Best places to see in Jersey Island
So you have packed the sun lotion and downloaded books onto your tablet device. Now all that is left is to sit back and enjoy your trip to the Channel Islands. Jersey is the biggest island within close proximity of La Manche, known as the English Channel. This idyllic strip of land is most famous for its notorious Jersey Cow producing excellent milk. But when you arrive what are some of the best places of interest to expect?
Jersey museum and art gallery
Considered to be one of the most popular places to visit, the Jersey Museum and Art Gallery offers a number of different exhibits stretching back more than 200,000 years! You can really step back in time here and enjoy what has shaped Jersey’s history. In addition to this, the Art Gallery is home to a numerous works by Claude Cahun including:
- Several pieces paying homage to the Surrealist movement.
- A host of Cahun’s photographs and manuscripts.
- An exhibition dedicated to Channel Island deportees during World War Two.
Jersey war tunnels
Another popular attraction in Jersey to visit among both tourists and locals alike is the Jersey War Tunnels. It recounts the story of the events surrounding the Occupation of the area in World War Two. Furthermore, it is believed to be an important historical site. Some of the exhibits that you will find inside feature:
- The insides of the tunnel building
- Events entailing deportation as well as captivity.
- An insight into liberation.
Mont orgueil castle
Another favourite place to take advantage of is Mont Orgueil Castle which has been a part of Jersey history for the best part of six decades. This particular fortress offered protection against invasion from the French forces. However once inside, fear not as the only soldiers on show are wooden ones protecting the top, whilst you can explore:
- The intricate series of staircases.
- Numerous towers.
- Hidden rooms and the chance to uncover artwork recounting the tale of the castle itself.
Jersey lavender farm
You should not have to struggle for cheap hotels in jersey as there is a plethora of 3, 4 and 5 star venues not to mention guesthouses and more. However once you are settled in you can take a trip to the Jersey Lavender Farm which is always high on the travel agenda. This working farm provides idyllic gardens to walk around in and of course the famous lavender fields. Meanwhile, you can also discover;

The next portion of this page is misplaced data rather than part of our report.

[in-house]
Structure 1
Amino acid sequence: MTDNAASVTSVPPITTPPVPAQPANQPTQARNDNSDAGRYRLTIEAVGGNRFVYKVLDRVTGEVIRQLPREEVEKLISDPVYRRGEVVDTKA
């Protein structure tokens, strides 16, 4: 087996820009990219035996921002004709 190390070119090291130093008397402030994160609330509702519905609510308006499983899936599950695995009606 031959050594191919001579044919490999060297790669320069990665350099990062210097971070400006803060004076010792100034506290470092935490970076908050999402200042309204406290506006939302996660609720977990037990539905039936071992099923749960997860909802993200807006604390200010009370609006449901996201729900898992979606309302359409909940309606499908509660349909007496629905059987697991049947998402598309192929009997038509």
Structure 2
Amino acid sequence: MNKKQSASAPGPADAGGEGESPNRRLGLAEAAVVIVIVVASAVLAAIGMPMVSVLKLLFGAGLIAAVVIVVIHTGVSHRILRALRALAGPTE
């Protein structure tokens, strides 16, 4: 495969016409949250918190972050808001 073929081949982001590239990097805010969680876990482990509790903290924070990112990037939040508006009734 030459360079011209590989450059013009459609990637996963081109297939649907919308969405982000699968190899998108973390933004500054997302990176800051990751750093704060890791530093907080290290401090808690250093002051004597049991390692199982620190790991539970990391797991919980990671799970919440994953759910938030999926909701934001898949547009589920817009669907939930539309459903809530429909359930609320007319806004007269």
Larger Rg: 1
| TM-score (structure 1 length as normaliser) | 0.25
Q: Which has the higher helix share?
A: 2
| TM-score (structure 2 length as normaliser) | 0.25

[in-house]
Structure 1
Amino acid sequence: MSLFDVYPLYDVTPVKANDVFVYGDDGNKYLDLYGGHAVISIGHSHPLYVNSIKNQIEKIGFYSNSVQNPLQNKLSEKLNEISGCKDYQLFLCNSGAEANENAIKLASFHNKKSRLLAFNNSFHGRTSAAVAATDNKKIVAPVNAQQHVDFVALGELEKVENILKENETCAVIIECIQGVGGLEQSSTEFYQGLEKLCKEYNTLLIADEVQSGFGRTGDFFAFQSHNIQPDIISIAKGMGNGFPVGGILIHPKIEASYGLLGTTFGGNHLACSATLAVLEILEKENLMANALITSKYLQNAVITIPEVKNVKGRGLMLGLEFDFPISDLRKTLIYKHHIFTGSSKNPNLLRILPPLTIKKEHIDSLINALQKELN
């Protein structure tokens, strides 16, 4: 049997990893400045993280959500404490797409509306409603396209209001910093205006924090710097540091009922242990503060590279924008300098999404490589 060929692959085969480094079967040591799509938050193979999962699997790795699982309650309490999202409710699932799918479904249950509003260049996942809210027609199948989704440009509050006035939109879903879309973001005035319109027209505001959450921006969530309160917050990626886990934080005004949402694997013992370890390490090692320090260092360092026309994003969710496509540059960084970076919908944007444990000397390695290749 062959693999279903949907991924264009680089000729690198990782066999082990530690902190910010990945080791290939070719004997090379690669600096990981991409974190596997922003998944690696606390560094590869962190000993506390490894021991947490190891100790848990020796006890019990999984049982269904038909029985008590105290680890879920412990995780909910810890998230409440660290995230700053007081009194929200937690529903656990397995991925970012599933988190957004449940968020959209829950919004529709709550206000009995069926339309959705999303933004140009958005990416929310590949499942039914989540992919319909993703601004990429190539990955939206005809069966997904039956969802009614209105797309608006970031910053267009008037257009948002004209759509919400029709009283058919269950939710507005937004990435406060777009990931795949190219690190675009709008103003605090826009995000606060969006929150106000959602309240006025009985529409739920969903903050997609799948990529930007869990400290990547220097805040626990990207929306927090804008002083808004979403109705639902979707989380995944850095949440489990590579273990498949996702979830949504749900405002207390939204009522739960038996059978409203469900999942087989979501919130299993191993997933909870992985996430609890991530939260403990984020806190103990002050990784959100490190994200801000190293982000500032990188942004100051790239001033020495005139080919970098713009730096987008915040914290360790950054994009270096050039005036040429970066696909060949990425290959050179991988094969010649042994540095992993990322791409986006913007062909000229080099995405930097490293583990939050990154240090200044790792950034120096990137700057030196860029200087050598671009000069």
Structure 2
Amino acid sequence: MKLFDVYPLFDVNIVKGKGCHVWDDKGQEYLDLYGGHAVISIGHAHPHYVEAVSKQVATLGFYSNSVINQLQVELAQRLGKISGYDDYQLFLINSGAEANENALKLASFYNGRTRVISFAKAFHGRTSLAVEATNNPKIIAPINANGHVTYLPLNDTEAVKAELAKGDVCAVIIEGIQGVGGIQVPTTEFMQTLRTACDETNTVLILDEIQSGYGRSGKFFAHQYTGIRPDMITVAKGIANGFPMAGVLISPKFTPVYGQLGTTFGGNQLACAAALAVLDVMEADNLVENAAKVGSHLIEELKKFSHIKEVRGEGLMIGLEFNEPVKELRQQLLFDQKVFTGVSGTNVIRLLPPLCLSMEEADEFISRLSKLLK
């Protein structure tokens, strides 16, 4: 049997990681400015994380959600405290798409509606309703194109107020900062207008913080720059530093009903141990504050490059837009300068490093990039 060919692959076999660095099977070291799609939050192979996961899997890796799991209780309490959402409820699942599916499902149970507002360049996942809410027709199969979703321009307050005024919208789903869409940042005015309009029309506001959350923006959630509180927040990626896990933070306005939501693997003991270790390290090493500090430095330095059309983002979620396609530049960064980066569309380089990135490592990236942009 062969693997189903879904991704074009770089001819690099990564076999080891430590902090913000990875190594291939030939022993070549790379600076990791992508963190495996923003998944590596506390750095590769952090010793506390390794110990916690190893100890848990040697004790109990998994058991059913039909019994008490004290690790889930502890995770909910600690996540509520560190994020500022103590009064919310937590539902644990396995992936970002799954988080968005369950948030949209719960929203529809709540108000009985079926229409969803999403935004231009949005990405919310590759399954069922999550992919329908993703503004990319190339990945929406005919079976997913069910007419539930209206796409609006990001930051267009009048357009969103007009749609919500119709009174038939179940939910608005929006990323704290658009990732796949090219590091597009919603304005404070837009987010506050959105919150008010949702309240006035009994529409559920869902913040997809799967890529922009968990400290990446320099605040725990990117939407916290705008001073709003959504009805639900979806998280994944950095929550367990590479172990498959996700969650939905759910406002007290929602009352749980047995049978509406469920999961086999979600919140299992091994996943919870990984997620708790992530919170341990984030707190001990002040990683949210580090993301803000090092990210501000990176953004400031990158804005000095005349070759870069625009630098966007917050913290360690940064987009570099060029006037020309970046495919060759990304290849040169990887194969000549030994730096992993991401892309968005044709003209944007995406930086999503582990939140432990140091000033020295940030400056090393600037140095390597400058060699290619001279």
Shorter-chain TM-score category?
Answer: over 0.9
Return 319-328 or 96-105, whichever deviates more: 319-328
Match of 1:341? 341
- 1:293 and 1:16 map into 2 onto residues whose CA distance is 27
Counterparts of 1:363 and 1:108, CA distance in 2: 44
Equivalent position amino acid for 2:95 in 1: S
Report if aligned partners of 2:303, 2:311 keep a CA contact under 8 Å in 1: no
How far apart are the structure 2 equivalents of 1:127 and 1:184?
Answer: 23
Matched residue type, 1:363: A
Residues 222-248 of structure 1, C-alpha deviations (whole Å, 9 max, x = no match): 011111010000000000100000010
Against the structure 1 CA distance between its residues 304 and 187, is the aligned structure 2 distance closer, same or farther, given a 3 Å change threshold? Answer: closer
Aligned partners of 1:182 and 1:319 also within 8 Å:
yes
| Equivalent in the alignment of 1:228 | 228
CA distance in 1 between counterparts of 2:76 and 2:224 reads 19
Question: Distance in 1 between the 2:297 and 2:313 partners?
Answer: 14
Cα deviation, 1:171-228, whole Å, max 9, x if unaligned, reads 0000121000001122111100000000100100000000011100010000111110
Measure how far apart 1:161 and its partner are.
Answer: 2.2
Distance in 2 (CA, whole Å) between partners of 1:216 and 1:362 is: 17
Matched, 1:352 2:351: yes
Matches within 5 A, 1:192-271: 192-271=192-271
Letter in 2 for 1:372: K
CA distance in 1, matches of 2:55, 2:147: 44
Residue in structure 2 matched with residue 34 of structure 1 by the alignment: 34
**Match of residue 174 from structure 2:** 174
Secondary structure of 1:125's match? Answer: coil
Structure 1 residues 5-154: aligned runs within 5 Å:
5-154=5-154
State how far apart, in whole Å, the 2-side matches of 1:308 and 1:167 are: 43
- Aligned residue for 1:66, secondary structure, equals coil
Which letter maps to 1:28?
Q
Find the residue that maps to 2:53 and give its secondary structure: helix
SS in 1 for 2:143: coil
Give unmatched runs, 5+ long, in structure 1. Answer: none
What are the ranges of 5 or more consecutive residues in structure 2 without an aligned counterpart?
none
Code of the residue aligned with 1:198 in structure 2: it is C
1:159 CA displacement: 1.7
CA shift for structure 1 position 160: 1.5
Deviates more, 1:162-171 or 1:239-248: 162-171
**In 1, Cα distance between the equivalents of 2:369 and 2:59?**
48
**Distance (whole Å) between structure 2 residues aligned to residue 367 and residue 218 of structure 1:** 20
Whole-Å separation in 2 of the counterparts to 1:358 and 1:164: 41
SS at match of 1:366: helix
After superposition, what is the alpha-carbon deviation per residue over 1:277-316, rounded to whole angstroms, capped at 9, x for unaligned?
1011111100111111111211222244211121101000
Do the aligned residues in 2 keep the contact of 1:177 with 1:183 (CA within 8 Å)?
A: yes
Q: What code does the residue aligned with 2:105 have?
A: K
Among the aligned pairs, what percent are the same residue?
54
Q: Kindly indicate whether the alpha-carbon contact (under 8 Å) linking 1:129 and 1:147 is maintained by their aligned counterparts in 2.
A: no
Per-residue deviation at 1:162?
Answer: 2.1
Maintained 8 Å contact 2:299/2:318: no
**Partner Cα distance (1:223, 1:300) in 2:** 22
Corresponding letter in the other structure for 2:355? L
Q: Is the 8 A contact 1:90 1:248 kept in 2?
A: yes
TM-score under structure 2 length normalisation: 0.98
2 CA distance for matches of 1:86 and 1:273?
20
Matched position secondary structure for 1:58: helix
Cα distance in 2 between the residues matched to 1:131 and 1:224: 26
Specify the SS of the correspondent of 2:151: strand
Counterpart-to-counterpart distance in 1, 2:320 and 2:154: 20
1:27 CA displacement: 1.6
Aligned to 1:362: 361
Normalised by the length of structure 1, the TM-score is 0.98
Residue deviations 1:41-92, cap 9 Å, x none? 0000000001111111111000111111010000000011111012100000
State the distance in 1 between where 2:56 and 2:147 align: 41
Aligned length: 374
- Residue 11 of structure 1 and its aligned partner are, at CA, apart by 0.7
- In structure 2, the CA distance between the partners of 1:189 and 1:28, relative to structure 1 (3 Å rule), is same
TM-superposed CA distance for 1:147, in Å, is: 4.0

- How the oil from the lavender is actually extracted.
- Observe how the essential oils are produced.
If you want to find out about Jersey’s naval history then you can marvel in the hands on interactive museum where you will be able to see all manner of things. Touch, see and even smell the unique exhibits on offer. Located on the harbour side in St. Helier, get your sea legs and navigate your way through this special venue. It truly is the stuff of legends! Enjoy a host of interactive displays including:
- Experiencing the real force of a gale wind.
- Getting to know about tides.
- Learning how to construct a ship.
Durrell wildlife conservation trust
Jersey would not be Jersey without a visit to the Durrell Wildlife Conservation Trust. Formed more than half a century ago by naturalist Gerald Durrell, it’s where you will find around 125 different types of endangered animals. Gaze in awe at more than 1,300 mammals and a wide variety of birds among 32 acres of lush green land. Some of the rare species to feast your eyes on offer:
- Sumatran orangutans
- Western gorillas.
- Lemurs from Madagascar.
- Black lion tamarins from Brazil.
Formerly housing a German bunker comprising a section of Hitler’s defence, why not check out the Channel Island Military Museum. You can take a tour down the corridors and rooms that made up this significant site that remains from sixty years ago. Having opened for two decades, you can catch a glimpse of unseen items that have been displayed for your viewing pleasure.
The Channel Islands remain one of the best places to visit with easy access from the UK. Coupled with several other islets dotted around from Sark to Guernsey, it is no wonder travellers continue to visit these individual shores.